- Nusa Lembongan — the most visited of the islands offers accommodation and restaurants for all tastes and is a great place to relax with everything you need within arms reach.
- Nusa Ceningan — the smallest of the trio is connected to Lembongan by a bridge, but still found to be more quiet and rural.
- Nusa Penida — wild, untamed island which offers world class diving.
These three islands sit some 15 km (9.3 mi) off the southeastern coast of Bali. The Badung Strait separates the islands from Bali. All three feature white sand beaches and wonderfully crystal clear waters.
Nusa Lembongan is by far the best known by visitors and has a well developed level of tourism-related infrastructure within its 8 km² or so. This is a popular destination for surfing, diving or relaxing, with three highly rated surf breaks, some lovely beaches, and a range of accommodation and restaurants to suit all budgets.
Nusa Ceningan is a tiny island where fewer people stay and is much quieter and rural than Lembongan. It is easily reached by a suspension bridge from Nusa Lembongan. The island has a well-regarded surf break, has a few cool beaches, and is a fun place to explore. Some accommodation, restaurants, etc., can be found here as well.
Nusa Penida is huge in comparison to the other two at more than 200 km². It is hardest to reach of the three and is still a wild and untamed island in many ways. There are quite some tourist facilities to be found, but in numbers it is still nothing compared to Nusa Lembongan. This is an island of stunning natural rugged beauty, and tourist development plans have been rumoured and mooted to no effect for many years. Nusa Penida is best known as a world-class diving destination.
There is several local villages across the islands where tourism, fishing and seaweed farming are among the largest sources of income. Subsistence farming is still common on parts of Nusa Penida.
Get in edit
The only realistic way (although you can charter a helicopter) to reach these islands from Bali is by boat. There are several options according to budget and speed. It is straightforward to reach Nusa Lembongan and visitors to Nusa Penida usually come via Nusa Lembongan, although direct services from Bali are available. All services involve getting your feet wet as there are no jetties to speak of. Nusa Ceningan is reached on foot or by bike via the suspension bridge that connects it and Nusa Lembongan.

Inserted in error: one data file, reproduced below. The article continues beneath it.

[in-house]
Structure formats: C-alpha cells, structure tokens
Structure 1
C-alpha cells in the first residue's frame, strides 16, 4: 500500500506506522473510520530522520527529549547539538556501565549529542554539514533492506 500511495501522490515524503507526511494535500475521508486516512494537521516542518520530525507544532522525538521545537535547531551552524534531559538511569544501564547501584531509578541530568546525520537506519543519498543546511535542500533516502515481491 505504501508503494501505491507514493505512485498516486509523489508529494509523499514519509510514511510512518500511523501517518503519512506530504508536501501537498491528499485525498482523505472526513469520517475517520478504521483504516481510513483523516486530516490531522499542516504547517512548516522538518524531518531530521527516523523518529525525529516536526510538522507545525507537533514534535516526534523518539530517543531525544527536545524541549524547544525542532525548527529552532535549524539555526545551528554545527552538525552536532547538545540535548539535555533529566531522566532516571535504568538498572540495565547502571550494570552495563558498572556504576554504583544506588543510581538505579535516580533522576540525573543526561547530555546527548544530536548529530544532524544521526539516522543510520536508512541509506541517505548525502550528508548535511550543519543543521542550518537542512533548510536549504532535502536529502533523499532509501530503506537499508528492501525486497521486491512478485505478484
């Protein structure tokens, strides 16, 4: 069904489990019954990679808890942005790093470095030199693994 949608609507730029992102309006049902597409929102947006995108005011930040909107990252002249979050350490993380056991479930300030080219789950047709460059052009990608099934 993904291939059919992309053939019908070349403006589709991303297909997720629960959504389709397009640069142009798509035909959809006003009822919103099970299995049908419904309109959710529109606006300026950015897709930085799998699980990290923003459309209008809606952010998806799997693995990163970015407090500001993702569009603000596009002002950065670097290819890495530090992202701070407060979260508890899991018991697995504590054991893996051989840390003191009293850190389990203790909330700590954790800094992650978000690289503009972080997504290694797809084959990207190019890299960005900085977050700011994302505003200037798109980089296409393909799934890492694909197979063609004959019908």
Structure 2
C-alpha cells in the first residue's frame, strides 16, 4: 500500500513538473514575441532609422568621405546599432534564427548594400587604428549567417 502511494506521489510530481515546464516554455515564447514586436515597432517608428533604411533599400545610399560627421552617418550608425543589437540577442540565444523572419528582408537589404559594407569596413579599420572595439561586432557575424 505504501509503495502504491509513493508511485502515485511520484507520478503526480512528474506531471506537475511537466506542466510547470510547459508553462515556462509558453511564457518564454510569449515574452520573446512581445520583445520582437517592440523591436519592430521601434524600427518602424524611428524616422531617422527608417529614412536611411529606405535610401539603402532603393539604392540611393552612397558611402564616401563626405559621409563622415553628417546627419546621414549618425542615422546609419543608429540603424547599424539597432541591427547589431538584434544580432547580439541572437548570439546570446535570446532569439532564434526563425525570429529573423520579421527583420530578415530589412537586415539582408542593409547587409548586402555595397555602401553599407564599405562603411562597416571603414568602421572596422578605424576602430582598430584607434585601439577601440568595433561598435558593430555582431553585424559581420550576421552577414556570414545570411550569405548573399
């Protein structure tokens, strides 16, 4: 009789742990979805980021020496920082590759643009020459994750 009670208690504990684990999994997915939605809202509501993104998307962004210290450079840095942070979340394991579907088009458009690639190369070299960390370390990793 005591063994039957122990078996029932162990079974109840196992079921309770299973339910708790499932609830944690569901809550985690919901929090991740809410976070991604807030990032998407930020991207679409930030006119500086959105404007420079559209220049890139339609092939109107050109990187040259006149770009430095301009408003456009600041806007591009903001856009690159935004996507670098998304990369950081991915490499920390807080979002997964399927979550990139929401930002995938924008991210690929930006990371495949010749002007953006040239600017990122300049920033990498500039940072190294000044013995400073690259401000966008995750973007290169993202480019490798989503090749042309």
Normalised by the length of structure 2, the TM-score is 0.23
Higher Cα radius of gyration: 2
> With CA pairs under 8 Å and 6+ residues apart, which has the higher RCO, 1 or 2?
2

To Nusa Lembongan from South Bali edit
To Nusa Lembongan from East Bali edit
Regular public ferry services run to Nusa Lembongan from Padang Bai and Kusamba, but these are unreliable, get very crowded and have a poor safety record. Not recommended.
To Nusa Penida direct from Bali edit
It is possible to take regular public ferries to Nusa Penida direct from Sanur, Kusamba or Padang Bai in East Bali, but this is difficult. The services are very sketchy, sometimes over-loaded and cannot be recommended for safety reasons.
Boat charters edit
You are able to charter speedboats to get into either Nusa Lembongan or Nusa Penida from Sanur or Padang Bai. Expect to pay about Rp 1,000,000 each way. Contact the speedboat operators or make enquiries in person at the relevant point of departure one day in advance.